Remembering Iwo Jima
Posted: Monday, February 18, 2013 4:00 pm
The Messenger, February 19, 2013
Tuesday marks the 68th anniversary of the U.S. Marines’ assault on Iwo Jima, and Union City war veteran Ed Youngblood is working to keep the memory of the historic battle alive.
Youngblood is a World War II veteran and a survivor of the Battle of Iwo Jima.
The assault on Iwo Jima began Feb. 19, 1945, at 9 a.m. on the tiny eight-square-mile island south of Japan in the Pacific Ocean. It was the goal of the American military forces to capture the island and its three airfields and use the strategically located island to attack Japan in World War II.
The 3rd, 4th and 5th Marine Divisions participated in the siege, representing half of the U.S. Marine Corps, according to Youngblood. He said the landing beaches were located on the east side of the island and the battle lasted 36 days.
Marines gained control of the island on March 26, 1945.
The total number of casualties at Iwo Jima was 28,686 in the 36 days of fighting. There were 5,931 U.S. Marines killed, 17,272 U.S. Marines wounded and 2,648 who experienced combat fatigue and 2,835 from other branches of the military involved in the battle, according to Youngblood.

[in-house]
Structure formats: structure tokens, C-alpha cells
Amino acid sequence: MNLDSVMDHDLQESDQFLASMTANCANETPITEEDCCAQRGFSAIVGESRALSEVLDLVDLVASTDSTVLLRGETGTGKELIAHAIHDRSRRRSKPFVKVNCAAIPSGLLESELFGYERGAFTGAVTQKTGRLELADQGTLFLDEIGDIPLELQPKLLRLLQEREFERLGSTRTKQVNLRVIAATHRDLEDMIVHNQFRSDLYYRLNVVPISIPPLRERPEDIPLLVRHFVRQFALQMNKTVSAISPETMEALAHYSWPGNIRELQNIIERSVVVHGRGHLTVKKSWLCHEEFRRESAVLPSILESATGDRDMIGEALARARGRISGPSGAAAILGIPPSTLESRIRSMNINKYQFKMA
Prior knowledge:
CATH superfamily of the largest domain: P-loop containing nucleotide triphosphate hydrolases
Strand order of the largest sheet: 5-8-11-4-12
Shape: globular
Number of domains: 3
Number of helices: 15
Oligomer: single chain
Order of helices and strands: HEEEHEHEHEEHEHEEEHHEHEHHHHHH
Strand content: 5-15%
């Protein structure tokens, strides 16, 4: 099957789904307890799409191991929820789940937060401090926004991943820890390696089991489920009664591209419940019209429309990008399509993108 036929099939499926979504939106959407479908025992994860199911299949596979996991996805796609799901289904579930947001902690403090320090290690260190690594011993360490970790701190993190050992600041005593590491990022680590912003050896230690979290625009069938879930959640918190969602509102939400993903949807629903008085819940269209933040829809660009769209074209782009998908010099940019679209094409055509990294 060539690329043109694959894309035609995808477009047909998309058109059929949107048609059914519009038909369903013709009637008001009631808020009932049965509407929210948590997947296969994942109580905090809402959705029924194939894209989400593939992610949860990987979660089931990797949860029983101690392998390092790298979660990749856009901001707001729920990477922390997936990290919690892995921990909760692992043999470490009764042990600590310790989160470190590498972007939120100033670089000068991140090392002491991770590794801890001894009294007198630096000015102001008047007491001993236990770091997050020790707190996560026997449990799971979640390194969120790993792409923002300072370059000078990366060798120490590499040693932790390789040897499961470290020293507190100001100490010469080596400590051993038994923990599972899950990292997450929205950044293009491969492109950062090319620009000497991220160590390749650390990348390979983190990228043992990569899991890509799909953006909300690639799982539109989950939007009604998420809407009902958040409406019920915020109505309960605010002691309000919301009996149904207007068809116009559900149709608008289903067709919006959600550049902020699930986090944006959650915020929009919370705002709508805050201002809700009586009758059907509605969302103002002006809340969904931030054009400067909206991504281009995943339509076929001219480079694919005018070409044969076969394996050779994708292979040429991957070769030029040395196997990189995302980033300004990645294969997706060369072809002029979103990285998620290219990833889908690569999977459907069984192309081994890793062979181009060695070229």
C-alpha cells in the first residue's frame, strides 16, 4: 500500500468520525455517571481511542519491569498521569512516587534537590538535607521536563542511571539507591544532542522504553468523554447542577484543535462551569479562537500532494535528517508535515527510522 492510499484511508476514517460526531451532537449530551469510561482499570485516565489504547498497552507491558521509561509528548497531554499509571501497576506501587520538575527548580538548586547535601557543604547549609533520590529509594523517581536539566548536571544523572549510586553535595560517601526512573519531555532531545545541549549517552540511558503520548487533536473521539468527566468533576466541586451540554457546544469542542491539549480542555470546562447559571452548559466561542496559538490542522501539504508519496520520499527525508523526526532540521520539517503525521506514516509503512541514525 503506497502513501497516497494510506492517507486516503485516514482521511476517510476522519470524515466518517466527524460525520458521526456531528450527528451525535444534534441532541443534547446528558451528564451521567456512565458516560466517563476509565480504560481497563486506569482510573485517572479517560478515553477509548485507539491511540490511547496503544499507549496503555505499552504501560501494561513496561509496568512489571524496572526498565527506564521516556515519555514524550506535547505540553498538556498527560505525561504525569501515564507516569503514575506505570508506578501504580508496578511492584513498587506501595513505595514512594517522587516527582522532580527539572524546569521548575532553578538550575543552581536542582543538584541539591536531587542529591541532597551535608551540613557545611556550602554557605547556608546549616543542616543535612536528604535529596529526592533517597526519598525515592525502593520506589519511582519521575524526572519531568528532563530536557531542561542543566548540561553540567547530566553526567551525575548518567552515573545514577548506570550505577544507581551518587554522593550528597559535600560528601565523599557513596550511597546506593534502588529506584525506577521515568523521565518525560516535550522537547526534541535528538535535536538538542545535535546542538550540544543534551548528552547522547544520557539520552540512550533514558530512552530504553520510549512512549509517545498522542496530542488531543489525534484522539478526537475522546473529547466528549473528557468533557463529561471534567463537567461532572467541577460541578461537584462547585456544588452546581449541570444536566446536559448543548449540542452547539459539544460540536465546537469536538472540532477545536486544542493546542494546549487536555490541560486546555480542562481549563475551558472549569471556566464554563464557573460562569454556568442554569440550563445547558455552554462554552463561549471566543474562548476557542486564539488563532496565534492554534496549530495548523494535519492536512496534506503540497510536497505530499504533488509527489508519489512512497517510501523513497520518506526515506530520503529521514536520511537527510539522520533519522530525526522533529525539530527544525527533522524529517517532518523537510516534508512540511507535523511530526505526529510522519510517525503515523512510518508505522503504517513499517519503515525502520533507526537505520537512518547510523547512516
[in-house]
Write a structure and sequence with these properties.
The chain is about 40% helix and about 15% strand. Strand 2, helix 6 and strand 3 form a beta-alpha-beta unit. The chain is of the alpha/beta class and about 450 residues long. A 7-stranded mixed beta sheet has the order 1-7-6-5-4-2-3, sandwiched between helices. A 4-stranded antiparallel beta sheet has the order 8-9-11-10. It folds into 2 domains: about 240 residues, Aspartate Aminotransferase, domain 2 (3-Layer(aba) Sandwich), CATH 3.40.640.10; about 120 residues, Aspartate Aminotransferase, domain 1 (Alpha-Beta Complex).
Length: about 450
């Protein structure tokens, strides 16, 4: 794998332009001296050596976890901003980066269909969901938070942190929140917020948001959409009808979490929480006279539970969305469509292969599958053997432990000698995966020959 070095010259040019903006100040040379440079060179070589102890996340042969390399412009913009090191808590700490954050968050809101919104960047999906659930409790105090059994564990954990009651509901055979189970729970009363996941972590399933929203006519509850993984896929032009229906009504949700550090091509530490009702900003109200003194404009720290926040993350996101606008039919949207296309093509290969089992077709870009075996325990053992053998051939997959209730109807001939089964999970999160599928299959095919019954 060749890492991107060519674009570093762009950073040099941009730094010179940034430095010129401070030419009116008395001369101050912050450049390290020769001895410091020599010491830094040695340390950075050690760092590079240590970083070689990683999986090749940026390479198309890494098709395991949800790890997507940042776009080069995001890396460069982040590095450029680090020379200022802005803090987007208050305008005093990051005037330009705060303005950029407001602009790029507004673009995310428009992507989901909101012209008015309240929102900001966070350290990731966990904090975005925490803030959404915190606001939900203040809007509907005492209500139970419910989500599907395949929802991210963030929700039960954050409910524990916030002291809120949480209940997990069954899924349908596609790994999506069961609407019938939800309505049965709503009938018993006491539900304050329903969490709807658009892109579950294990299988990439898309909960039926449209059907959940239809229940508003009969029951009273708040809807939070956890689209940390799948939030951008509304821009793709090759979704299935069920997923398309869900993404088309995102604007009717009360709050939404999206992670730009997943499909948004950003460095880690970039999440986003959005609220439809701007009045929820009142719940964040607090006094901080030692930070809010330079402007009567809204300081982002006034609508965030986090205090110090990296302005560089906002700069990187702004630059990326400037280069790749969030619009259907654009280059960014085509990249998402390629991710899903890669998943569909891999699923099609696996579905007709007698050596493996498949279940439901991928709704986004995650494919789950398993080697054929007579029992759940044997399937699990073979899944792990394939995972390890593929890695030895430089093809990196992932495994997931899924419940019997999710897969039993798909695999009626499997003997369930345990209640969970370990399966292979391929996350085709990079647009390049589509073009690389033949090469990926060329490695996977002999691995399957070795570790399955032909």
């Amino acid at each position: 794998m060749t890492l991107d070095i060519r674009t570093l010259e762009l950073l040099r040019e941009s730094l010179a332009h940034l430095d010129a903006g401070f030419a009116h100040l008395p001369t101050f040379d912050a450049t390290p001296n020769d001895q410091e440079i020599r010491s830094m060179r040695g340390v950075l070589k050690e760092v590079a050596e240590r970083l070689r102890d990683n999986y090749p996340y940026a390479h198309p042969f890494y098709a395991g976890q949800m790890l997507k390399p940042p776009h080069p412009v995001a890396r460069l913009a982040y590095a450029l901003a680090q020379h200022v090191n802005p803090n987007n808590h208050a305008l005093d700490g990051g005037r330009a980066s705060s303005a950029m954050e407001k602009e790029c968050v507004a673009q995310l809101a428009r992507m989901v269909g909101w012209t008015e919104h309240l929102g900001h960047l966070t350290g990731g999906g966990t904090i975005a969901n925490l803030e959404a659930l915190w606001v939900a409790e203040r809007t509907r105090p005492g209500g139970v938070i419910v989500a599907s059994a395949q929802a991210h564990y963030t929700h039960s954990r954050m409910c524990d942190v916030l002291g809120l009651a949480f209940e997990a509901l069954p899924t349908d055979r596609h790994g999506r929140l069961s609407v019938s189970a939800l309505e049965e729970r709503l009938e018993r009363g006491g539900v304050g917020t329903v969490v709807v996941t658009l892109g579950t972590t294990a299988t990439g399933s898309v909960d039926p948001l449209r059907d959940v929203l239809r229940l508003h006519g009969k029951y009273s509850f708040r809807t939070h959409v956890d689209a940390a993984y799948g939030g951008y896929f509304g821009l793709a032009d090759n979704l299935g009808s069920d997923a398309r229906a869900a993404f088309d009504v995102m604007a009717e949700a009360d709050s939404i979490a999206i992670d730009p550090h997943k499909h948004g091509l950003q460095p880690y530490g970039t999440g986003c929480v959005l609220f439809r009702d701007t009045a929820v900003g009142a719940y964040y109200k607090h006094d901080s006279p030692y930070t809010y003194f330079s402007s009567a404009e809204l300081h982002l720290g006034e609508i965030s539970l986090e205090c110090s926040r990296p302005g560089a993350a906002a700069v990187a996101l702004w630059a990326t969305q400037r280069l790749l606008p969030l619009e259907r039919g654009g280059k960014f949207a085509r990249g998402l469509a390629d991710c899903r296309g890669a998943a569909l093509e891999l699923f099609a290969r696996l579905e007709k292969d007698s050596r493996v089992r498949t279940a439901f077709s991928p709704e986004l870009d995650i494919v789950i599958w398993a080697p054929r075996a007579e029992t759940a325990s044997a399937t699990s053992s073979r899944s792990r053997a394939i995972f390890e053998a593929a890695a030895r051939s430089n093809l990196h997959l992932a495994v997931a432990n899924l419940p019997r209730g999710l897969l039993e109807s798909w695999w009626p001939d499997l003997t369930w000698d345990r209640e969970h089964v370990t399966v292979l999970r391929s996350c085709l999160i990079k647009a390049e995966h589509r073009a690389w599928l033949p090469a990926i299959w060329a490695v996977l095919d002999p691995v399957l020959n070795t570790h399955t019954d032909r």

The assault on Iwo Jima also resulted in 27 Medals of Honor and 93 Navy Crosses being awarded. The 27 Medals of Honor were the most awarded in any battle in U.S. Marine Corps history. Hershel Williams of West Virginia is the only living Medal of Honor recipient remaining, according to Youngblood.
He provided some other statistics from the battle, including:
• More than 500 ships surrounded Iwo Jima during the battle and 70,000 U.S. Marines in three divisions landed on the island.
• There were 20,000 Japanese killed during the battle, and another 1,038 taken prisoner.
“We must never forget those who served there and those who died there,” Youngblood said.
The invasion of Iwo Jima is recognized as the first American landing on Japanese soil. America’s B-29 Superfortress played a key role in the firebombing campaign against the Japanese during the final months of World War II.
The image of the U.S. Marines and a Navy corpsman raising the American flag at Mount Suribachi is recognized as one of the most iconic images in American military history.